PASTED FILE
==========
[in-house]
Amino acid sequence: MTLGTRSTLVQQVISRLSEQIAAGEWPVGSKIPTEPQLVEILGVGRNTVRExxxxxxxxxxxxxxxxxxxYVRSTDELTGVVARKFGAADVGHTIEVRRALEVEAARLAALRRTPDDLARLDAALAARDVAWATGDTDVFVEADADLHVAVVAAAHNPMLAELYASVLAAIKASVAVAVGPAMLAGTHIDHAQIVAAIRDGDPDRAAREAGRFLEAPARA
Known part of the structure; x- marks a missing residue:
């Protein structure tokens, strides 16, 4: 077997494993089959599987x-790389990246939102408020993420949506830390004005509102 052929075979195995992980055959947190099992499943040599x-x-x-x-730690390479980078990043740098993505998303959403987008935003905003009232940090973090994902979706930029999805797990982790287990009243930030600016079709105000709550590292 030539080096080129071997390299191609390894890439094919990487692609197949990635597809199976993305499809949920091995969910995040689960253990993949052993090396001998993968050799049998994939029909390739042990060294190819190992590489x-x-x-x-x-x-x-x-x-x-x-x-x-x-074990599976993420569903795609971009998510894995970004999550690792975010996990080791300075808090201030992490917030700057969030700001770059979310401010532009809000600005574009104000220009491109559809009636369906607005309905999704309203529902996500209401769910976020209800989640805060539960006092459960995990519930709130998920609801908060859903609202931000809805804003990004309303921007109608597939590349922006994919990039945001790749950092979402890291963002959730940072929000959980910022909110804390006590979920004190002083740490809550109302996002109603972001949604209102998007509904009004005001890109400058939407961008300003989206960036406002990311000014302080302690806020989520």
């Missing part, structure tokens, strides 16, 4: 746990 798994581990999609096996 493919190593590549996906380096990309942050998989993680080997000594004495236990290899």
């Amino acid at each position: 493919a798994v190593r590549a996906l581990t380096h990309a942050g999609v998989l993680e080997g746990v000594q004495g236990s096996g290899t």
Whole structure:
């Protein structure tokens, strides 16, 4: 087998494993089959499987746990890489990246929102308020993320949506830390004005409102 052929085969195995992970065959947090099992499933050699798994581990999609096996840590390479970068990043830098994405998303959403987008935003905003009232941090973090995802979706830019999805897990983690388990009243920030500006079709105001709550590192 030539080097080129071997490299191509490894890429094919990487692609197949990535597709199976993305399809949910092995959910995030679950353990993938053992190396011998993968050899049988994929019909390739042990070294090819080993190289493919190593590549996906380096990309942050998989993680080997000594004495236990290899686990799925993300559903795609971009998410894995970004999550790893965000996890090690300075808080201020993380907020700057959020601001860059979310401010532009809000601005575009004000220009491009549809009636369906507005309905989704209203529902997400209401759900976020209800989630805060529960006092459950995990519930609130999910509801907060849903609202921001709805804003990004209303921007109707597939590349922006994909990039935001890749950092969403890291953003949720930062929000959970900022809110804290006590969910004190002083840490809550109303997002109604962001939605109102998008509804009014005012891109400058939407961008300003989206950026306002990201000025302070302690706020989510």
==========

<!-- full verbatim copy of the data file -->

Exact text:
[in-house]
Amino acid sequence: MTLGTRSTLVQQVISRLSEQIAAGEWPVGSKIPTEPQLVEILGVGRNTVRExxxxxxxxxxxxxxxxxxxYVRSTDELTGVVARKFGAADVGHTIEVRRALEVEAARLAALRRTPDDLARLDAALAARDVAWATGDTDVFVEADADLHVAVVAAAHNPMLAELYASVLAAIKASVAVAVGPAMLAGTHIDHAQIVAAIRDGDPDRAAREAGRFLEAPARA
Known part of the structure; x- marks a missing residue:
């Protein structure tokens, strides 16, 4: 077997494993089959599987x-790389990246939102408020993420949506830390004005509102 052929075979195995992980055959947190099992499943040599x-x-x-x-730690390479980078990043740098993505998303959403987008935003905003009232940090973090994902979706930029999805797990982790287990009243930030600016079709105000709550590292 030539080096080129071997390299191609390894890439094919990487692609197949990635597809199976993305499809949920091995969910995040689960253990993949052993090396001998993968050799049998994939029909390739042990060294190819190992590489x-x-x-x-x-x-x-x-x-x-x-x-x-x-074990599976993420569903795609971009998510894995970004999550690792975010996990080791300075808090201030992490917030700057969030700001770059979310401010532009809000600005574009104000220009491109559809009636369906607005309905999704309203529902996500209401769910976020209800989640805060539960006092459960995990519930709130998920609801908060859903609202931000809805804003990004309303921007109608597939590349922006994919990039945001790749950092979402890291963002959730940072929000959980910022909110804390006590979920004190002083740490809550109302996002109603972001949604209102998007509904009004005001890109400058939407961008300003989206960036406002990311000014302080302690806020989520």
């Missing part, structure tokens, strides 16, 4: 746990 798994581990999609096996 493919190593590549996906380096990309942050998989993680080997000594004495236990290899």
């Amino acid at each position: 493919a798994v190593r590549a996906l581990t380096h990309a942050g999609v998989l993680e080997g746990v000594q004495g236990s096996g290899t």
Whole structure:
């Protein structure tokens, strides 16, 4: 087998494993089959499987746990890489990246929102308020993320949506830390004005409102 052929085969195995992970065959947090099992499933050699798994581990999609096996840590390479970068990043830098994405998303959403987008935003905003009232941090973090995802979706830019999805897990983690388990009243920030500006079709105001709550590192 030539080097080129071997490299191509490894890429094919990487692609197949990535597709199976993305399809949910092995959910995030679950353990993938053992190396011998993968050899049988994929019909390739042990070294090819080993190289493919190593590549996906380096990309942050998989993680080997000594004495236990290899686990799925993300559903795609971009998410894995970004999550790893965000996890090690300075808080201020993380907020700057959020601001860059979310401010532009809000601005575009004000220009491009549809009636369906507005309905989704209203529902997400209401759900976020209800989630805060529960006092459950995990519930609130999910509801907060849903609202921001709805804003990004209303921007109707597939590349922006994909990039935001890749950092969403890291953003949720930062929000959970900022809110804290006590969910004190002083840490809550109303997002109604962001939605109102998008509804009014005012891109400058939407961008300003989206950026306002990201000025302070302690706020989510």